02.24.2018
Ought
Room Inside The World

Ought has never fully won me over on a single album. I'm fully in love with 3-4 of their songs, but a lot of their other ones are just a little too Wire/Fall/post-punky for my baby ears. But when they're on, they're on. Italicized. This new one, then, is a bit surprising; it doesn't have that 1 killer single, but at the same time, the whole record comes together better for me than their others. Mostly that's because they've clearly shifted their sound into a more "melodic" direction. Scare quotes mandatory, since their singer has a, um, unique (italicized) way of delivering words into a microphone. Speaking of unique vocalizing, do you like Future Islands?

02.24.2018
Andy Shauf
The Party

Here's one I seriously missed from 2016. In fact I think most people missed it. Most people except for Cornelius and Jeff Tweedy, both of which are on record in interviews mentioning Andy Shauf as one of their favorite new artists. And if Jeff Tweedy and Cornelius recommend somebody, I am absolutely on board, and it took me less than 30 seconds of listening to one track on this album to be totally sold. This is some Jim O'Rourke-level guitar pop arrangement, with melodies that are immediately impactful (and winding and dreamy and all those other good words), sung by a guy who almost sounds like the singer from Clinic. Just weird enough. And I guess this record is a concept album about a party. Anyway, had I known about this in 2016, it certainly would've made my Best Of The Year list. Maybe not #1, but damn high anyway.

02.24.2018
Rhye
Blood

I'm a little bummed that this new Rhye album isn't better than it is.

02.24.2018
Jeff Rosenstock
POST

This dude Jeff Rosenstock is a famous and respected figurehead of the 21st century punk-ska scene. I'll pause until you stop laughing. Anyway he's actually a legit good dude, and writes songs that far exceed what you'd expect from such a dude; his solo stuff, like this new POST record is really more power pop than pop punk. But it's a little of that, too. Anyway, POST is really frikkin good, and he yells "FUCK NO!" in one song and it gives me shivers, man.

Oh, and a couple songs sound like Aqueduct, which is weird.

01.16.2018
Steve's Favorite Music of 2017
A List

1. Girlpool - Powerplant
2. Cornelius - Mellow Waves
3. Chris Thile & Brad Mehldau - Chris Thile & Brad Mehldau
4. Ryan Adams - Prisoner
5. One And Future Band - Once and Future Band
6. Sampha - Process
7. Mastodon - Cold Dark Place EP
8. Kendrick Lamar - Damn
9. Mount Eerie - A Crow Looked At Me
10. Father John Misty - Pure Comedy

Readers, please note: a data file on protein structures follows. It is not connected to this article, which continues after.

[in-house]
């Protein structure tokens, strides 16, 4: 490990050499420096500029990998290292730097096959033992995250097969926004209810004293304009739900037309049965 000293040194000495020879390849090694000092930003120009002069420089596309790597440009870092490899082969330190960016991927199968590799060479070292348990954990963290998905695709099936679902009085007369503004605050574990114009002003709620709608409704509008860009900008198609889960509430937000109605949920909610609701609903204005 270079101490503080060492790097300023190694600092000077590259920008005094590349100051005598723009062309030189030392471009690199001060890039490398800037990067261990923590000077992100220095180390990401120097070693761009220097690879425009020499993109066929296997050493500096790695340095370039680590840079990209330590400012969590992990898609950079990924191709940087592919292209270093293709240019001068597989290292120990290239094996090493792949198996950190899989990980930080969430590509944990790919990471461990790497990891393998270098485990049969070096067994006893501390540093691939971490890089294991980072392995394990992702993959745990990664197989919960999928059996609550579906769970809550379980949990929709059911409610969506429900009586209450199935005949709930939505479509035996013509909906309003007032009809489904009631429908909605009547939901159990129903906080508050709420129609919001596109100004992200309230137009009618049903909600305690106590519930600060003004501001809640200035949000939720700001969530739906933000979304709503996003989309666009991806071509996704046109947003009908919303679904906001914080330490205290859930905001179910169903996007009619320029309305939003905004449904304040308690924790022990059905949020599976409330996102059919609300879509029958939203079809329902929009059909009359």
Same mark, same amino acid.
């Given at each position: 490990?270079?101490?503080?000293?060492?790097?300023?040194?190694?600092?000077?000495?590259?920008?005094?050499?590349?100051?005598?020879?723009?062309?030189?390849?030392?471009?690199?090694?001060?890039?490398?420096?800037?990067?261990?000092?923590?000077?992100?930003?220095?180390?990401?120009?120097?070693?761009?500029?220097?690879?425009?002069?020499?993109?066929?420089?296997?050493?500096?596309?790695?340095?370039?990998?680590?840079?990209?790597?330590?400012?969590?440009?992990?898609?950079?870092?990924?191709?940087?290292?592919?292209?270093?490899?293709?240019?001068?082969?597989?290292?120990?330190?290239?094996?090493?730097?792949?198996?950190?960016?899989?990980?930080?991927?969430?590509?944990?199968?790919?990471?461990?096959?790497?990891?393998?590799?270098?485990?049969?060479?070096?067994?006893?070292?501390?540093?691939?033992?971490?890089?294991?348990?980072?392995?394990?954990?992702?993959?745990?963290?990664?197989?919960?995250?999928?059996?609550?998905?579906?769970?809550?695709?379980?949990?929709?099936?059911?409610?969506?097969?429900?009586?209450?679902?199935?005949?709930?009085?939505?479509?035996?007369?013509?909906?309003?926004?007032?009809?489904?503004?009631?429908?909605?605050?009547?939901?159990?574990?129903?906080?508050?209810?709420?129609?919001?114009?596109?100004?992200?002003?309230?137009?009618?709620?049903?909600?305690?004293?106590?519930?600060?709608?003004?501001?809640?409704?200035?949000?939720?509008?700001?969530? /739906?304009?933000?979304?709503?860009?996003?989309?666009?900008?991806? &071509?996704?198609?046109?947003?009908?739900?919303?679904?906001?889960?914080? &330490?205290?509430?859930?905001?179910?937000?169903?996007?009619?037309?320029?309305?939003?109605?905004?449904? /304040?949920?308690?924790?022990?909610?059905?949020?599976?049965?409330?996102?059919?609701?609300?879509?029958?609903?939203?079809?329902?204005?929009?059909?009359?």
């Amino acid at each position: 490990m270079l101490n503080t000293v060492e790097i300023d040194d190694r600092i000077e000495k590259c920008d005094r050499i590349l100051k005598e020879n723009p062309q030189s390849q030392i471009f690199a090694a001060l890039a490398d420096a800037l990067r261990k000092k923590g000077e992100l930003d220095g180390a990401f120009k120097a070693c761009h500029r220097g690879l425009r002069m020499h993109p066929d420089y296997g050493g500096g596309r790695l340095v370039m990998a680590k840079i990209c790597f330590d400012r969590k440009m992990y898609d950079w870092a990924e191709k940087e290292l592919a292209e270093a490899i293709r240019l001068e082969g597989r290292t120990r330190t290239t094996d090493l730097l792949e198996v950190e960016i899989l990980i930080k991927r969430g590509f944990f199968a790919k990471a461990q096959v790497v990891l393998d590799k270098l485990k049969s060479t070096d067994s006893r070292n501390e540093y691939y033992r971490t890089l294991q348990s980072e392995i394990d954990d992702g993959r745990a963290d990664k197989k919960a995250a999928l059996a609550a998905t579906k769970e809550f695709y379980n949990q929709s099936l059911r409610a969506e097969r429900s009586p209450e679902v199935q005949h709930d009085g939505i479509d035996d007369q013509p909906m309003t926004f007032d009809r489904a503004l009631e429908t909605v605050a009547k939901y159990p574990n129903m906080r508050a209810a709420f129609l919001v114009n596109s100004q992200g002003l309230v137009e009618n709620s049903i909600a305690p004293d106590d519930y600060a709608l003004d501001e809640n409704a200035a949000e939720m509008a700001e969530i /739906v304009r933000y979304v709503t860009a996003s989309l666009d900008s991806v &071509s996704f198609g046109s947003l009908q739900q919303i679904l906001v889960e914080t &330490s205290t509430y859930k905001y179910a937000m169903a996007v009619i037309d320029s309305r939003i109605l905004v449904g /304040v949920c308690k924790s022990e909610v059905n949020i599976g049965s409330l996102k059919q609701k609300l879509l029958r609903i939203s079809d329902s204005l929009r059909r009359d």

10.31.2017
Bell Witch
Mirror Reaper

Slow.

10.17.2017
St. Vincent
Masseduction

I had prepared myself to spew my righteous rockist anger at this, St. Vincent's ironic-but-not-ironic-but-maybe-ironic pop cash grab. Produced by that guy who produces everything. Beats by cool beatmakers. A self consciously sexy and colorful marketing push. Pre-release singles that were about Weezer-level dumb things like Los Angeles phonies and, like, pills. Holy shit was I going to tear this album a new one. Or maybe I'd say "Um actually it's a work of genius!". One of those two.

But really, all I have to say is that it's just good. That's it. It's really not much different stylistically than her last album and a half. The pop thing isn't really a thing, and there's just as much guitar wizardry as I'd hope. But still, "Pills"? Really?

10.17.2017
Courtney Barnett & Kurt Vile
Lotta Sea Lice

I'm really, really hoping to be wrong about this, and I very well might be, but I think this Courtney Barnett and Kurt Vile duet album is a bummer. Why is it a bummer? I don't know. I like both of them (although I like Courtney a whole lot more), and I generally like the idea of what they're doing. But it just doesn't work. Their voices don't sound good together, their songwriting styles don't mesh, it just feels wrong. But I dunno. Hopefully I can delete this post a month from now and write about how much of a dummy I was for writing those last 6 sentences.

10.17.2017
Robert Plant
Carry Fire

I know better than to underestimate any Robert Plant solo album, even now in 2017. Somehow he's retained a Dylan-like baseline of "at least listenable" for everything he records, even now into his 70s, and his record with Alison Krauss earlier in the decade is somehow a transcendent modern classic, despite its kinda-dull-NPRness. So yeah, I'm not surprised that Carry Fire is good. But I am startled by how good it is.

10.17.2017
Kamasi Washington
Harmony Of Difference

"Truth" might be the most beautiful thing Kamasi Washington has recorded. Which is a very high bar.

09.28.2017
Godspeed You! Black Emperor
Luciferian Towers

The first two tracks here are a little bit boring, but the last two really scratch that Godspeed itch.

09.28.2017
Ted Leo
The Hanged Man

So here's this new Ted Leo album, which is pretty exciting, since he's Ted Leo. And even more exciting than usual, because of his recent forays into a gentler, more melodic side of his music with Aimee Mann. Word also got around that he recorded it all himself, in his new home studio, and it was shaping up to be a sort of personal symphony-to-god type record; keyboards and horn sections and choirs and the whole bit. Sounds great. Except for that it doesn't sound great. In the literal auditory sense. It's cool that he put together a home studio and recorded this thing, but just sounds rough. Like a demo for a much better later recording. The drums are dull and soft, the bass is fat and flat, the guitar is okay, but doesn't have nearly the razor edge that his old recordings often had. It's a bummer, because some of the songs are pretty good, but they just fall flat. It's not even a 'recorded so poorly that it becomes even better' lo-fi kind of situation. Real weird album. I'll keep listening to it though. It feels like a grower.